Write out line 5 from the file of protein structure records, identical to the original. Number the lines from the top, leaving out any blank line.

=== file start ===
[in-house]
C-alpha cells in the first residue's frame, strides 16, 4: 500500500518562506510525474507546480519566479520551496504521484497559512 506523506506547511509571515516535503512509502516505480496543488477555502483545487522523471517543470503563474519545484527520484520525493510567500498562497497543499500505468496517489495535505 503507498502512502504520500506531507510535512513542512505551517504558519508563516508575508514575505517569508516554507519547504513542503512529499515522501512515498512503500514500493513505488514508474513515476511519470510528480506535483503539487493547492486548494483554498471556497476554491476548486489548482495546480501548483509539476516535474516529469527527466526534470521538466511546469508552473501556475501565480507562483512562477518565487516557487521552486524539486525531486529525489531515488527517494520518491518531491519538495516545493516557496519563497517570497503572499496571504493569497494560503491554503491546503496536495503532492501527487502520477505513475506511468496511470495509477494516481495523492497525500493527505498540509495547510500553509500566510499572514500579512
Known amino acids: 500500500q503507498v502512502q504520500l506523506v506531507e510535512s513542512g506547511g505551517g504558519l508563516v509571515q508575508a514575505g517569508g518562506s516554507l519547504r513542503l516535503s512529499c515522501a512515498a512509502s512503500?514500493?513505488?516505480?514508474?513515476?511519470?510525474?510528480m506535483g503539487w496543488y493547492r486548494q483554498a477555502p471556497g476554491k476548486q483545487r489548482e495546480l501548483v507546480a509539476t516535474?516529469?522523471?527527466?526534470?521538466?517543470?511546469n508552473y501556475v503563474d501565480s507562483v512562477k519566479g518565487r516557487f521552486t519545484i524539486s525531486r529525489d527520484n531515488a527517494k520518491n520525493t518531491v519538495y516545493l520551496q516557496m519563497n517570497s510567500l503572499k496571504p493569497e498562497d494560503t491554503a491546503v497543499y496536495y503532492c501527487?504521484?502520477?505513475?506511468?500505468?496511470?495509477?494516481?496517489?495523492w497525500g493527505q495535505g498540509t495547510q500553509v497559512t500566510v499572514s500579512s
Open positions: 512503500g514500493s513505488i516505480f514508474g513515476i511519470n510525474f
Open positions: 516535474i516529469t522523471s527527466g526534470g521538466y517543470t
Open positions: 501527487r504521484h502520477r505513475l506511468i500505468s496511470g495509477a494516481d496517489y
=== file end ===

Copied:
Open positions: 516535474i516529469t522523471s527527466g526534470g521538466y517543470t